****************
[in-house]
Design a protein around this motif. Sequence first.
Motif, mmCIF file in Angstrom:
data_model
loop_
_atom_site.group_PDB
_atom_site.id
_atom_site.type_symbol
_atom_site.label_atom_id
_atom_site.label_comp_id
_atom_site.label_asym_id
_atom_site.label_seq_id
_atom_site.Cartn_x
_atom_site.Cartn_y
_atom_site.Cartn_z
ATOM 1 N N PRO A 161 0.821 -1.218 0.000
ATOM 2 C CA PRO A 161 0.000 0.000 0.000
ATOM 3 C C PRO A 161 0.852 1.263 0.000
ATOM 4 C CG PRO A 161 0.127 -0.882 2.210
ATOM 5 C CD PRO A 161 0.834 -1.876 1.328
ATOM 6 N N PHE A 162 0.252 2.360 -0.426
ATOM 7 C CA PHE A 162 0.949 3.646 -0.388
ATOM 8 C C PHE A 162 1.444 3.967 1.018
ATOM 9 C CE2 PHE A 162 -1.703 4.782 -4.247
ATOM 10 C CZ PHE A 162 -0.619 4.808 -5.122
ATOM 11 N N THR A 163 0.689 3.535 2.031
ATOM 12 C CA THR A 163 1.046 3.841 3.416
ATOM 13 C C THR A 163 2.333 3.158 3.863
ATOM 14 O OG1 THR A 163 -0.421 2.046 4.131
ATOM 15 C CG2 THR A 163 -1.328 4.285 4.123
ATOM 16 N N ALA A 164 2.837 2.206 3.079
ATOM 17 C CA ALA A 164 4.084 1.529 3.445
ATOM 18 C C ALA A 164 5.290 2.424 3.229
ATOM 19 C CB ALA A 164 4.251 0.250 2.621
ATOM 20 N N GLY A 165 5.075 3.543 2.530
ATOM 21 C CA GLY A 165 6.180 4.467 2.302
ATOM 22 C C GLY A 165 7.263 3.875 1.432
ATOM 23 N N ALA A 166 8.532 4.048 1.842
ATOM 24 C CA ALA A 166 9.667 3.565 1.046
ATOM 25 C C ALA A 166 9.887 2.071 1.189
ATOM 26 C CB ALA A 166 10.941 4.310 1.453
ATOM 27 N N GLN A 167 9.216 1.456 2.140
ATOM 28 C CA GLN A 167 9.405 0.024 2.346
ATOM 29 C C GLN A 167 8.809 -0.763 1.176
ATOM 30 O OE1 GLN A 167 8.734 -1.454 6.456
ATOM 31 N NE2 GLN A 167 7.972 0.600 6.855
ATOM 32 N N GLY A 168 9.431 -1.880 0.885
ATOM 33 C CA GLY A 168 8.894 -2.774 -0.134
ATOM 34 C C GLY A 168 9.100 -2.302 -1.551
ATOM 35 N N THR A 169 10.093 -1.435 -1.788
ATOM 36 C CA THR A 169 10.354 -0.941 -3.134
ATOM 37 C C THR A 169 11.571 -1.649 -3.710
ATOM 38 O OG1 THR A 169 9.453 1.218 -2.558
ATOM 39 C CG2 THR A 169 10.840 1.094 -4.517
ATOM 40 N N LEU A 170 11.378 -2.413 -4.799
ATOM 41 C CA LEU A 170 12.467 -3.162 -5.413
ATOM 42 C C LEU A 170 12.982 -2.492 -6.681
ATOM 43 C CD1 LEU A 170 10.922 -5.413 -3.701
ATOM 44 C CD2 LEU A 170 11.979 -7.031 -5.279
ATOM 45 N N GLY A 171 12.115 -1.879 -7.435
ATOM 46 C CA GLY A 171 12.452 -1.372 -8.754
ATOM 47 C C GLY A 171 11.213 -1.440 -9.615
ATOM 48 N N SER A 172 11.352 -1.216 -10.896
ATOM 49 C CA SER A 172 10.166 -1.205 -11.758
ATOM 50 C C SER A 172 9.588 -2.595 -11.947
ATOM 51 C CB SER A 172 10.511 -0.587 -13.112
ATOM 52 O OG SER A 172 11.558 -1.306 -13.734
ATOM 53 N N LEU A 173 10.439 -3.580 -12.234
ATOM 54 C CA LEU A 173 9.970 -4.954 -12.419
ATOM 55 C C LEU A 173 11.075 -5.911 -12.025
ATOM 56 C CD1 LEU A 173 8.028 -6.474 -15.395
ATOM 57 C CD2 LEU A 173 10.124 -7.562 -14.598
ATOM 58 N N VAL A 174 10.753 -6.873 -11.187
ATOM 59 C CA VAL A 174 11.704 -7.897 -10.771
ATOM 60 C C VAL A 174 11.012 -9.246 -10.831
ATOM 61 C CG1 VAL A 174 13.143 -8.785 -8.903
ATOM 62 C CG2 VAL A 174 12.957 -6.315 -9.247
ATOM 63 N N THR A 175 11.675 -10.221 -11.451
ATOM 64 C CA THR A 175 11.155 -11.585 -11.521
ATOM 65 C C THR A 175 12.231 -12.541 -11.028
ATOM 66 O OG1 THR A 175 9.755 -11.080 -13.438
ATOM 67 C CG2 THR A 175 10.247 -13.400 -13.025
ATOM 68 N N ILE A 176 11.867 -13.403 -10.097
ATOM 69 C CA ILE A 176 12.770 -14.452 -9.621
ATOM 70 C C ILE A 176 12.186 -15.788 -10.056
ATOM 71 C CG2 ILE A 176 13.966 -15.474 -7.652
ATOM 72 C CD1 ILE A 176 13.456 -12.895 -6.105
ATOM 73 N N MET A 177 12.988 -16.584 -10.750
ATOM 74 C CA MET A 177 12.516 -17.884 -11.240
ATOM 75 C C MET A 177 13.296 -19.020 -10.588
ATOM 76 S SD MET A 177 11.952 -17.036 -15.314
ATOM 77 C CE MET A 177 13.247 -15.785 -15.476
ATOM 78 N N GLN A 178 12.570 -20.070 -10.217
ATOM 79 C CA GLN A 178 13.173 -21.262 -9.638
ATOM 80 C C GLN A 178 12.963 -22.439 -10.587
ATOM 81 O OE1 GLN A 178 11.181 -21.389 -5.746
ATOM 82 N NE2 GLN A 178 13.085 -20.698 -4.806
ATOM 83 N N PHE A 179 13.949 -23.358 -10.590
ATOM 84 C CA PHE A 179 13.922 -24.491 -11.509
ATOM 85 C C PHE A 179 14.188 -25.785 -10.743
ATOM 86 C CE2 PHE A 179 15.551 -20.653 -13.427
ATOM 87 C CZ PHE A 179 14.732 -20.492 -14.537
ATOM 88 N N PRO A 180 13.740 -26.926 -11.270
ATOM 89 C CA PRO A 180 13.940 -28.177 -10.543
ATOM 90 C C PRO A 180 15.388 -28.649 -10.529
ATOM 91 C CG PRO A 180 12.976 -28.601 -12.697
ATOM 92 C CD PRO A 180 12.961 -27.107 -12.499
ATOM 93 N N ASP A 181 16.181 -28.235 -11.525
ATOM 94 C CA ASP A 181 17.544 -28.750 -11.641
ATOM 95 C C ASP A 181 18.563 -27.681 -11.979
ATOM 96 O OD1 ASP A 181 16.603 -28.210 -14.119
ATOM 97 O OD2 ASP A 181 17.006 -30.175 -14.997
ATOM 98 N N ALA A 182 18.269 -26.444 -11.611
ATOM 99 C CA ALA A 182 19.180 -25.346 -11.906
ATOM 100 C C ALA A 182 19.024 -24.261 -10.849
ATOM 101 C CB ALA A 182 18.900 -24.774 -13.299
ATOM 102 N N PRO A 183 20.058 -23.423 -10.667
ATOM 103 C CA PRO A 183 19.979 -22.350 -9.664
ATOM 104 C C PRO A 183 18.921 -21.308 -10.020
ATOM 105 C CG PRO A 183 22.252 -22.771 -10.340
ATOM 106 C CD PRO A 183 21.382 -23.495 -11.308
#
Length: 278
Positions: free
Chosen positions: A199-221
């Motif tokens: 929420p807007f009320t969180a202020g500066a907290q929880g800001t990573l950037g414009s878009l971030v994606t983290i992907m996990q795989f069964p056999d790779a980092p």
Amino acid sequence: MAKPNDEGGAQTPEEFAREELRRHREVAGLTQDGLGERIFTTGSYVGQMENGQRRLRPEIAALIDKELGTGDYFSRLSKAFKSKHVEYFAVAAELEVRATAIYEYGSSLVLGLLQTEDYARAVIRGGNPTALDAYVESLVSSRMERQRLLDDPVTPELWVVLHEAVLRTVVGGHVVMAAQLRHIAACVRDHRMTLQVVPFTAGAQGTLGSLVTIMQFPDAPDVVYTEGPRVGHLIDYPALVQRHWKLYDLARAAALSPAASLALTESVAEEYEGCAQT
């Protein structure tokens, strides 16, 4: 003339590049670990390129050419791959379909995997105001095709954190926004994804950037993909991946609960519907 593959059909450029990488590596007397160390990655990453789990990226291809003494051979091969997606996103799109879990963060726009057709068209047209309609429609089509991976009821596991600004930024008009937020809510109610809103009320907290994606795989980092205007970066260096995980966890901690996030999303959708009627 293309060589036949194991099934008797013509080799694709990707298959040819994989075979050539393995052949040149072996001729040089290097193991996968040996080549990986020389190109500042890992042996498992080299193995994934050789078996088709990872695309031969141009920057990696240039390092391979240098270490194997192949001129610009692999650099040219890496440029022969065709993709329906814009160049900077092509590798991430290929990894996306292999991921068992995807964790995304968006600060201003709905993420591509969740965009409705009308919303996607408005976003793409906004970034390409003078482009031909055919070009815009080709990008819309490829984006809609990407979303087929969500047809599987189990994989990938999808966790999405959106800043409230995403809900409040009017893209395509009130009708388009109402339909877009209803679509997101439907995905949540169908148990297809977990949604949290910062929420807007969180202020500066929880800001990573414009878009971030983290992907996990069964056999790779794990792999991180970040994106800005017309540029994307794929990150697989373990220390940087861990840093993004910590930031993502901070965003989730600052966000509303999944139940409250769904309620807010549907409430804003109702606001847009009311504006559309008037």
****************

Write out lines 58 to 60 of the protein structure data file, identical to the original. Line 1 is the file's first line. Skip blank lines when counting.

ATOM 43 C CD1 LEU A 170 10.922 -5.413 -3.701
ATOM 44 C CD2 LEU A 170 11.979 -7.031 -5.279
ATOM 45 N N GLY A 171 12.115 -1.879 -7.435